It is still winter but the Chilmark selectmen on Tuesday had beach business to discuss.
At a public hearing the town beach committee made several requests for change at Lucy Vincent Beach. Selectmen granted three, including a flat rate of $85 for all vehicle beach passes, permission to charge for catered events held at town beaches and a new fee policy for transferred vehicle stickers. “We’re trying to make the beach pay for itself,” said committee member Pam Bunker.
In the past, two types of vehicle passes were available at the beach. A pass for seven days or less cost $60 and a pass for eight days or more cost $85. The short-term pass will now be eliminated. There has never been a charge for catered events at the beach, but beach superintendent Martina Mastromonaco requested permission to charge a $100 fee for such events. She said the charge will not apply to private cookouts or picnics.
Selectmen also agreed to allow the committee to restructure fees for transferring beach stickers. Transfer stickers are issued so residents will not have to pay more than once for a season pass if, for example, a new car is purchased. When Lucy Vincent opens on June 1 this year, the fee to transfer a sticker will increase from $20 to $25, but the fee for a second transfer will decrease to $15. Renters who move from one house to another will be allowed to transfer their sticker as long as the car and the renter are the same.
The beach committee also requested permission to sell T-shirts from the sticker office and raised the possibility of selling stickers at the beach during the last two weeks of the season. Mrs. Mastromonaco estimated the office sells at most one sticker a day during that time, yet they pay to staff their office in town hall full time. Mrs. Bunker said as a result, the beach loses nearly $15,000 during the month of September. Selling the stickers directly at the beach would save money, she said. Selectmen took no action on either request, but urged the committee to continue to explore options.
In other news, selectmen voted to take to town voters a request from the U.S. Coast Guard to build a 100-foot tower with a 13-foot antennae at Peaked Hill. The tower will be part of a national system called Rescue 21, which will replace outdated technology and function as a nationwide maritime 911 system for coastal waters. The tower is planned to replace a 40-foot tower which currently sits at Peaked Hill off North Road. The Coast Guard also wants to take down an existing plastic shed and replace it with one made of concrete.
Menemsha Coast Guard senior chief Stephen Barr came in front of the selectmen to support the project. “When someone keys up a radio, we will know exactly where they are,” he said. “It’s going to save us a ton of time and a ton of questions.” Harbor master Dennis Jason also voiced his approval. “We support this. It will save lives,” he said. Board chairman Warren Doty opposed the idea, explaining that the proposed site is under a conservation restriction. “It’s not a matter of beauty,” selectman J.B. Riggs Parker said in response. “It’s a matter of safety.” Mr. Parker argued by not supporting the measure, selectmen would be sending mixed signals to fishermen and mariners at a time when the town is increasing support of its harbor and fishing fleet. “It would be a mistake to say to this marine community we don’t care enough about your safety to have this one tower,” Mr. Parker said. In the end, the board voted to host a public hearing on the proposal and place it as an article on the annual town meeting warrant.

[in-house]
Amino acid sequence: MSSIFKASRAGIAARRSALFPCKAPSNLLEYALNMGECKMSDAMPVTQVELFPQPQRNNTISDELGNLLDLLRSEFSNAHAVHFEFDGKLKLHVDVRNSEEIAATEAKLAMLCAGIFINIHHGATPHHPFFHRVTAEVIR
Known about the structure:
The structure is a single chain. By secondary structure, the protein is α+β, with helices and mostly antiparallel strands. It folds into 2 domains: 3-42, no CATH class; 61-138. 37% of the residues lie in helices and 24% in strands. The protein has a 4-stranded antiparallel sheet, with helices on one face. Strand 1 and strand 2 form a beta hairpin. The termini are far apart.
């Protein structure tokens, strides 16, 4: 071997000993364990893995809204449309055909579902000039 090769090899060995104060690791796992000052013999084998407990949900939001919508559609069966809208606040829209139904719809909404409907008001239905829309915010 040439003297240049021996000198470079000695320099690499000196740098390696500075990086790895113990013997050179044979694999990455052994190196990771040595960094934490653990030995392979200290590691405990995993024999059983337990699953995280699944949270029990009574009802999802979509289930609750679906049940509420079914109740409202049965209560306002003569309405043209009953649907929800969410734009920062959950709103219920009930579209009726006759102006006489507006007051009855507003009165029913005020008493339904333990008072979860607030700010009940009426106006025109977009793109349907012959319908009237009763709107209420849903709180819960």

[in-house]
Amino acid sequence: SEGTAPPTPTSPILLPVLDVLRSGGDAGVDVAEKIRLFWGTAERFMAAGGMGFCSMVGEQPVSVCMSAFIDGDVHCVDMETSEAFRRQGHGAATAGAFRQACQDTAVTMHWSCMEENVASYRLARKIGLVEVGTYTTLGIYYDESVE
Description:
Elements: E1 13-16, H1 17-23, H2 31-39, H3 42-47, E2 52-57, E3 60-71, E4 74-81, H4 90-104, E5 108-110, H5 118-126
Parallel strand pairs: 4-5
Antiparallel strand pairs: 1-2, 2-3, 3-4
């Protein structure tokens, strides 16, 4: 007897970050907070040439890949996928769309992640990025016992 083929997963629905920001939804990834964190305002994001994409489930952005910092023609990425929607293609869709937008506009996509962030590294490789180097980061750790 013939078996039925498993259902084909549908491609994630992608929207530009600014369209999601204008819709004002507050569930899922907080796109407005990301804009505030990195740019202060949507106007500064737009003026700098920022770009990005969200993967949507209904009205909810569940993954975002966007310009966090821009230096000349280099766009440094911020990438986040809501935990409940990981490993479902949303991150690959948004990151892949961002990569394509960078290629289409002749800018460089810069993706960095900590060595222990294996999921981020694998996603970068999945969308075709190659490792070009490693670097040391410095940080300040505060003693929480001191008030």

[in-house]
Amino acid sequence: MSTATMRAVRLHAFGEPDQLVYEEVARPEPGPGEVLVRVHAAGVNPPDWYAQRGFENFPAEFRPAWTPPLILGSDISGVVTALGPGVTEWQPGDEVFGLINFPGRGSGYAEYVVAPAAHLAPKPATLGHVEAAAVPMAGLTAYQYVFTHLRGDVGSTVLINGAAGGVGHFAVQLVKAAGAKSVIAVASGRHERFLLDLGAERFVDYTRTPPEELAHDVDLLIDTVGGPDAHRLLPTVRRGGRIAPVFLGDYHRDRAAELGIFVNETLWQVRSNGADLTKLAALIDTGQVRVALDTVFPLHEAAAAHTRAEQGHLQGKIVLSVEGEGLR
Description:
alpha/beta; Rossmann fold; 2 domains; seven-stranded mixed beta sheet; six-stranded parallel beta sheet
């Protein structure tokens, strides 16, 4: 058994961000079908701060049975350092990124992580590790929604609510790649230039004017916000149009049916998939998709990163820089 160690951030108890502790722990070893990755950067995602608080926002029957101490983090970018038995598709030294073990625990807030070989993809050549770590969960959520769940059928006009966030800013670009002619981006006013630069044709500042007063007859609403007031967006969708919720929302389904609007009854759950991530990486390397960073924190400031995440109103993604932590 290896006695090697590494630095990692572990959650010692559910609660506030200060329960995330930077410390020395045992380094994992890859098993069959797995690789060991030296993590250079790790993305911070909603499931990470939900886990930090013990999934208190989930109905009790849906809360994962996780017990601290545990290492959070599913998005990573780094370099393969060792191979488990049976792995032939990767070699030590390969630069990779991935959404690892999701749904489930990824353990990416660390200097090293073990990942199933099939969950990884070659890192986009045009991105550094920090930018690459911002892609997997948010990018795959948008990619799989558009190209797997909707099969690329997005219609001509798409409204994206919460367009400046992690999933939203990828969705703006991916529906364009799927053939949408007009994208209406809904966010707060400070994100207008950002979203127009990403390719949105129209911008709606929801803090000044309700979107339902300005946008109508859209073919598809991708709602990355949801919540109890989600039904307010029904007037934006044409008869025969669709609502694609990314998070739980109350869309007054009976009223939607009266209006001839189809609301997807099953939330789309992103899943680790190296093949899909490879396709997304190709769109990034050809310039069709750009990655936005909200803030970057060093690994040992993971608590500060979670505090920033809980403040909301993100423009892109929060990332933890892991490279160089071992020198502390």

Selectmen also discussed a number of harbor issues. They granted a request from Carl Flanders to transfer his lease of a lot along the Menemsha bulkhead to the creek lot previously occupied by his father, the late Robert Flanders. They also heard a request from Alec Gale, who runs a wholesale fish buying business out of his boat in Menemsha harbor, to have a telephone, fax and copier on the docks. “It’s a downright necessity,” Mr. Gale said. He told selectmen he hopes to have a building to work out of in the future. He recently bought a 55-foot boat with increased ice storage to improve his business venture. Selectmen praised his work and referred the request to the park and recreation committee.
Toward the end of the meeting tempers flared when Mr. Parker said he wanted to obtain an opinion from town counsel on the legality of using town mooring permits for commercial use and profit. The town now manages 200 moorings and 53 slip assignments at Menemsha. Currently, two permit-holders lease multiple mooring spaces, which they rent out privately. The state inspector general has reviewed similar cases in Chatham and Harwich and found the situations illegal.
Mr. Doty argued vehemently against seeking the legal opinion. “Why do we need a legal opinion when we are a legal entity,” he asked the board. “Why do we want to make things different if this offers a service?”
Mr. Parker said he was not seeking change, only advice. “I think our job is to protect the town,” he said. Selectman Frank Fenner agreed. “If there’s a legal question, we need to get a legal answer,” he said.
Harbor master Dennis Jason agreed. “For us to think it’s just something we should ignore is just wrong in the long run,” he said.
In the end, the board voted 2-1 to go to town counsel for the opinion. Mr. Doty cast the dissenting vote.